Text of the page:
Women feel safer in the World Cup with restrictions on alcoholic beverages


Many fans were outraged by the idea that the World Cup would be played in a conservative country like Qatar, where the sale of alcohol is highly restricted. But for women who went to cheer in the Asian country, the restriction has made the tournament experience safer.

“I was expecting a very dangerous place for women, I didn’t think it would be safe here. Since I arrived I feel safe as a traveling fan,” Ellie Molloson told Reuters.

Molloson, who is an ambassador for a campaign against sexism in football called HerGameToo, said her father was so concerned that he accompanied her to Qatar to ensure she was safe, but his company turned out to be unnecessary.

The 19-year-old said the lack of alcohol has made the atmosphere less lewd and disrespectful around World Cup matches, but in her opinion the main difference is cultural.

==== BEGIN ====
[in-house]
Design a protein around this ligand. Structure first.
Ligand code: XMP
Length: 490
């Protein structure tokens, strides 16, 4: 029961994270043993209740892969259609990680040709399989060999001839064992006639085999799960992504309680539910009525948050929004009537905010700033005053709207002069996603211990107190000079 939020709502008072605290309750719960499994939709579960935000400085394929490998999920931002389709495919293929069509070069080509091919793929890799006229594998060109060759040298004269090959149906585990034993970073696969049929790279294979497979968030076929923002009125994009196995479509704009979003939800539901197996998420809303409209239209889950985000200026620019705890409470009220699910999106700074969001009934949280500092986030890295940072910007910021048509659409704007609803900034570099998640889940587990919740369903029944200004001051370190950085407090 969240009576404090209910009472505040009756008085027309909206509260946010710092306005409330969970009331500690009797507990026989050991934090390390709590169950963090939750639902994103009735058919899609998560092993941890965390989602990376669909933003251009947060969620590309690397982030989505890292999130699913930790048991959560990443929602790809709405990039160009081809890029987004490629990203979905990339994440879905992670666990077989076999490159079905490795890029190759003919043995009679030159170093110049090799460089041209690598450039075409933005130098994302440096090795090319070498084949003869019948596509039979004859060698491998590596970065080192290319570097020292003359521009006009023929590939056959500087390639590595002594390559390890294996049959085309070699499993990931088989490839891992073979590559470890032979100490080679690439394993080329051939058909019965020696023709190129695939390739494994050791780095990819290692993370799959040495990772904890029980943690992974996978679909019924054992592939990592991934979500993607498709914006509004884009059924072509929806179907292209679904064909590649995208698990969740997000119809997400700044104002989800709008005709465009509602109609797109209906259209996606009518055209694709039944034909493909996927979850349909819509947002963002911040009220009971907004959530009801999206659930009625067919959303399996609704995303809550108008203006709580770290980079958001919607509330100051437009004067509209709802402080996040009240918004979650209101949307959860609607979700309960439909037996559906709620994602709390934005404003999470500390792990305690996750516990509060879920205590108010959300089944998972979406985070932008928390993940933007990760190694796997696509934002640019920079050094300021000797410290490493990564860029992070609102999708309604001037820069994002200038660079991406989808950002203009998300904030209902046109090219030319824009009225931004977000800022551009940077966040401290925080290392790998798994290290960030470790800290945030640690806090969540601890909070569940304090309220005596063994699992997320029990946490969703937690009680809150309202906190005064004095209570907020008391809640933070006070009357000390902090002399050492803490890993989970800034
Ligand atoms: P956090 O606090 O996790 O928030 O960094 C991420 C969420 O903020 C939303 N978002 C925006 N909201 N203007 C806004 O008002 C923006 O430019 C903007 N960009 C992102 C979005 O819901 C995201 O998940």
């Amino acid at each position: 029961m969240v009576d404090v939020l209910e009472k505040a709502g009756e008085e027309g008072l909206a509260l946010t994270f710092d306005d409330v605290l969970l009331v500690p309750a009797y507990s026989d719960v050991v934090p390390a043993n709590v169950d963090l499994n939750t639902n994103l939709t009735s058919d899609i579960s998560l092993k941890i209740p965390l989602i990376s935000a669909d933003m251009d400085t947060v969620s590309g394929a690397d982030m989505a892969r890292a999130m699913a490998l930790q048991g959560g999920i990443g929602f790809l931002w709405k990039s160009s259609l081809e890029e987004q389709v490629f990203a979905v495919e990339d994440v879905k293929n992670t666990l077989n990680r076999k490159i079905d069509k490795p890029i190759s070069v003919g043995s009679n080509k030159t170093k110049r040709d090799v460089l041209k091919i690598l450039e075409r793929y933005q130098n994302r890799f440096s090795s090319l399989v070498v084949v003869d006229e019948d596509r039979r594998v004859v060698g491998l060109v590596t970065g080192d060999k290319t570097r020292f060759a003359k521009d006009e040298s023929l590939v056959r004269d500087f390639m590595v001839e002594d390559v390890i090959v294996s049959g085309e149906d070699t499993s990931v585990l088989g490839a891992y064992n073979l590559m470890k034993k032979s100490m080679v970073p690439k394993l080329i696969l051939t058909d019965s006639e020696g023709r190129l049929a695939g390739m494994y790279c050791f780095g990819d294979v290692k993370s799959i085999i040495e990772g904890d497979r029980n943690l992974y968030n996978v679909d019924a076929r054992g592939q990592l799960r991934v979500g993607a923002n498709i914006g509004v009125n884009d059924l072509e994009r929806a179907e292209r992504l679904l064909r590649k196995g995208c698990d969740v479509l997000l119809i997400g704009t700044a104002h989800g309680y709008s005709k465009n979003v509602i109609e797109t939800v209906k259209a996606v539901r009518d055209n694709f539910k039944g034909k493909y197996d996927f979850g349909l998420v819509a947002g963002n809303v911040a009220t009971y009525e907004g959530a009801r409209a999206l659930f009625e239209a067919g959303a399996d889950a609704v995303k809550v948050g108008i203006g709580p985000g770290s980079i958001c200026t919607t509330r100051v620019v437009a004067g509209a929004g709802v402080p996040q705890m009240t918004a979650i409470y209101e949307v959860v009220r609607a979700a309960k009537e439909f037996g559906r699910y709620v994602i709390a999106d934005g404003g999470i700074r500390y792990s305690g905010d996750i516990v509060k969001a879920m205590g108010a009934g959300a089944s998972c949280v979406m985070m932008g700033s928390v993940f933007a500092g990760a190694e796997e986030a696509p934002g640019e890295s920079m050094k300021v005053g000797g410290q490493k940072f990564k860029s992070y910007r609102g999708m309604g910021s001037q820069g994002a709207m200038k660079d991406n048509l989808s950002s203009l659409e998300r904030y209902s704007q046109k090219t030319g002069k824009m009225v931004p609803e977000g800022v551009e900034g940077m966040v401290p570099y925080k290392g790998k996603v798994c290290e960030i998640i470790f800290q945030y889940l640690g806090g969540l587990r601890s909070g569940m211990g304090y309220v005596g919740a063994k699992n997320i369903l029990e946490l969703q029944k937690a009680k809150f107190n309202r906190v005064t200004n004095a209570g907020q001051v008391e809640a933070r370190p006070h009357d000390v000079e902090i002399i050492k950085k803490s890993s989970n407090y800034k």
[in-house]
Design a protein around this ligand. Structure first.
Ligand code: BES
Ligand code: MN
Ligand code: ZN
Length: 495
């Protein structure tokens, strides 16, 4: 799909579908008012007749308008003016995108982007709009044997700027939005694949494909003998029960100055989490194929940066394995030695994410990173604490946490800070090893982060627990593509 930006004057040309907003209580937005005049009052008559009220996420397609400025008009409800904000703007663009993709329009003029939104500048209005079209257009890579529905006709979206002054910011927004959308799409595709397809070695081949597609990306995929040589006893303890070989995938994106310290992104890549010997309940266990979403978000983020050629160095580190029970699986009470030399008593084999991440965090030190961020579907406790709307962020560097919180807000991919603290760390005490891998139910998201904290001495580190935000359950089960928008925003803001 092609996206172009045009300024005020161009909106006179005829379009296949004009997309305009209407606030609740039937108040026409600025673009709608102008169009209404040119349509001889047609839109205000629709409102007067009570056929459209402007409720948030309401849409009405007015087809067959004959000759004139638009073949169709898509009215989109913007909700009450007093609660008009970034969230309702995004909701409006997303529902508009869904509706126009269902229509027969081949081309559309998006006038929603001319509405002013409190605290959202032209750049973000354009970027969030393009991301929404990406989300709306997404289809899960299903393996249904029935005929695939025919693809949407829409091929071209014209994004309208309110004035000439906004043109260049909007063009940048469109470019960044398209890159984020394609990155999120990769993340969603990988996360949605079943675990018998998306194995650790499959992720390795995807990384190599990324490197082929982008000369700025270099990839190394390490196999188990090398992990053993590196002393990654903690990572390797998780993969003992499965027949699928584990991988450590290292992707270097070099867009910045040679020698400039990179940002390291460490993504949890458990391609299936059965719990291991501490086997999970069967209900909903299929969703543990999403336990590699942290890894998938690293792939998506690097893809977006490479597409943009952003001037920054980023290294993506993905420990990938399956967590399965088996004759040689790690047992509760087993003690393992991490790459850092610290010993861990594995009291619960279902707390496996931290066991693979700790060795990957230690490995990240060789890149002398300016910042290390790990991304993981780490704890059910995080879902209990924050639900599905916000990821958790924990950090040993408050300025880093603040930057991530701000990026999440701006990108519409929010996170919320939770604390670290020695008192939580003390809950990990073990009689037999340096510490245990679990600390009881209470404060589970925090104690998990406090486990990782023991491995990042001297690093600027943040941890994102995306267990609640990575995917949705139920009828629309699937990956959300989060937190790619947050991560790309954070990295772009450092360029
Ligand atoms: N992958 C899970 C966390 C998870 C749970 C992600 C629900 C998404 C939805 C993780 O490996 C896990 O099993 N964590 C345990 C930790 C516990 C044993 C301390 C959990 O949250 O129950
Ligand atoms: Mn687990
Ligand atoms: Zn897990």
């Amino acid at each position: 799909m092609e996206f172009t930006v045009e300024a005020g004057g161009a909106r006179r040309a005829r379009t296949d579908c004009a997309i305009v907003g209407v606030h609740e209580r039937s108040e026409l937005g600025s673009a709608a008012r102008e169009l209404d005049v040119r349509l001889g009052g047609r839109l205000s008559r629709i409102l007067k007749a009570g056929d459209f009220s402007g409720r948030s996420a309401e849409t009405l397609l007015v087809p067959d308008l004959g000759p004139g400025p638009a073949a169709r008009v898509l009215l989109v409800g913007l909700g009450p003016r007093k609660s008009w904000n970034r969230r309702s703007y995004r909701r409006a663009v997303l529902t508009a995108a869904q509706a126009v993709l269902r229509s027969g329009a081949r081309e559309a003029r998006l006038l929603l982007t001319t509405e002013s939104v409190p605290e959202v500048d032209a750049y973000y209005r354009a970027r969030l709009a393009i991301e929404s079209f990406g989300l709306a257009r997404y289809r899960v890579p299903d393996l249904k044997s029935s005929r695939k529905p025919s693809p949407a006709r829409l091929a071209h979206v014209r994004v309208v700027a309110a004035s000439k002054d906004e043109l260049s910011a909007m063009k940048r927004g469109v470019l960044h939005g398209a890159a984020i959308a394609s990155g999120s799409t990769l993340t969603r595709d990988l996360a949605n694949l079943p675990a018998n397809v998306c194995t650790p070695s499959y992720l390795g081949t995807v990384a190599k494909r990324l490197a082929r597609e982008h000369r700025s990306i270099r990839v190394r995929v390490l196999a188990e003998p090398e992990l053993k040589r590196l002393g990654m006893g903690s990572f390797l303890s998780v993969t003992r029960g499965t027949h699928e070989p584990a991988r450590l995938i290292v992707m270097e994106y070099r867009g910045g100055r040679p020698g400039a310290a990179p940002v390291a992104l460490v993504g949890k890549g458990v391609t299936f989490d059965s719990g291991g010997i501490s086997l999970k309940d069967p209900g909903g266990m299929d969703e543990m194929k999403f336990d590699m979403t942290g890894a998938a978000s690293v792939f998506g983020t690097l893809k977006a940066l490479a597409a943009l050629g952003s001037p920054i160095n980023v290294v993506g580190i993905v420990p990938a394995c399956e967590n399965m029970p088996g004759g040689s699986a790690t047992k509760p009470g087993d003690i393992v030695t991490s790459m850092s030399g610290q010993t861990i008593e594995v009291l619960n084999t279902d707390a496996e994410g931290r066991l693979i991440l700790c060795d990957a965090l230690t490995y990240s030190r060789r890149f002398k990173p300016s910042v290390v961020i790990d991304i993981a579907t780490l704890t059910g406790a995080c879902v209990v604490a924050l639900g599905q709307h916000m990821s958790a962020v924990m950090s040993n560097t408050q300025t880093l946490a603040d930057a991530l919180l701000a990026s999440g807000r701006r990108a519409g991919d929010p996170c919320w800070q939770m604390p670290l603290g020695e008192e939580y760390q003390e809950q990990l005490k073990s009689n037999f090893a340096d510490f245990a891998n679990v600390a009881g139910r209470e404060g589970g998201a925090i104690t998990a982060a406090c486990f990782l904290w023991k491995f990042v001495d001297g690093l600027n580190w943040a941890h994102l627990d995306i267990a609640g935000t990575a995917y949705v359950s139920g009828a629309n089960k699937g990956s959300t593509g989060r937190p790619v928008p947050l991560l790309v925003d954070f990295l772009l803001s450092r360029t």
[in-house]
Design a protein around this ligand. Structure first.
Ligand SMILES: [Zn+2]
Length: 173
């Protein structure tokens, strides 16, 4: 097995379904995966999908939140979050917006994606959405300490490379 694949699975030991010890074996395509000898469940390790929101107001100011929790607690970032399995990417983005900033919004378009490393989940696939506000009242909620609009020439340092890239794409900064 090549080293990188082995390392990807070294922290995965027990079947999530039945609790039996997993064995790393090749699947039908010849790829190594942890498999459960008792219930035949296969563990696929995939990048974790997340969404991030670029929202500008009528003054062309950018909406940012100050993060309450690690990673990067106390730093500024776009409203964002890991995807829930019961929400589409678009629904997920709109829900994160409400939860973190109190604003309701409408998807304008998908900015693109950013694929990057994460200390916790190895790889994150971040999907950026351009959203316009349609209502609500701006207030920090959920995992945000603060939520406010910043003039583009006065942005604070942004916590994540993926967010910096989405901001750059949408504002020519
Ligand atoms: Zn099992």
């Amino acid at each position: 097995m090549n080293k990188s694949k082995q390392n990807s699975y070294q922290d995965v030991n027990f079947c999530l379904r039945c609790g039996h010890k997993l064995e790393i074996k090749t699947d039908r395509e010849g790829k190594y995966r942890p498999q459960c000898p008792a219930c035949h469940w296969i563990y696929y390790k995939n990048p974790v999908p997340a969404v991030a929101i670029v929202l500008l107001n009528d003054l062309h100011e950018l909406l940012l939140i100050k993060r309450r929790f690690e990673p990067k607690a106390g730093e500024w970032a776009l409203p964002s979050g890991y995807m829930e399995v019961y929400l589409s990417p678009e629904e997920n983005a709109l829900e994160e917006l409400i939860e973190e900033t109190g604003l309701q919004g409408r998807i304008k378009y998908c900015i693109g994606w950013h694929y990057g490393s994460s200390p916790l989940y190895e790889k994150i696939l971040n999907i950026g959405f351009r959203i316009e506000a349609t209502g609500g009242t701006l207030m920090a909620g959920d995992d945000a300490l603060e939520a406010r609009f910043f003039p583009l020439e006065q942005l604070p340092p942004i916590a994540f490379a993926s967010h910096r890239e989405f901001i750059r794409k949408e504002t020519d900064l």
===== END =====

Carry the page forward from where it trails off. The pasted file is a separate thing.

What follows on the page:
“I think it actually has to do with conservatism. Alcohol causes a little more hostility than public harassment,” she explains. “I like messiness, a good atmosphere, but you don’t see much of that around here. It’s very different, it ends up being a more familiar environment, a climate very different from what happens in England”.

Argentina fan Ariana Gold, 21, told Reuters she was nervous before traveling to the Middle East as she didn’t know what to expect.

“It’s good for women, I really like football and I thought when I was in my country that Qatar would be a hostile environment for women. But no, I’m comfortable here,” she said.

Alcoholic drinks are sold in bars and hotels in Qatar, but there is little consumption compared to other editions of the biggest football tournament in the world.

“The atmosphere is great, even without the drinks,” said Emma Smith, an England fan. “Everyone is enjoying it anyway.” She still claims that she feels safe in the country.

“Since there’s little alcohol here, I feel really safe.”

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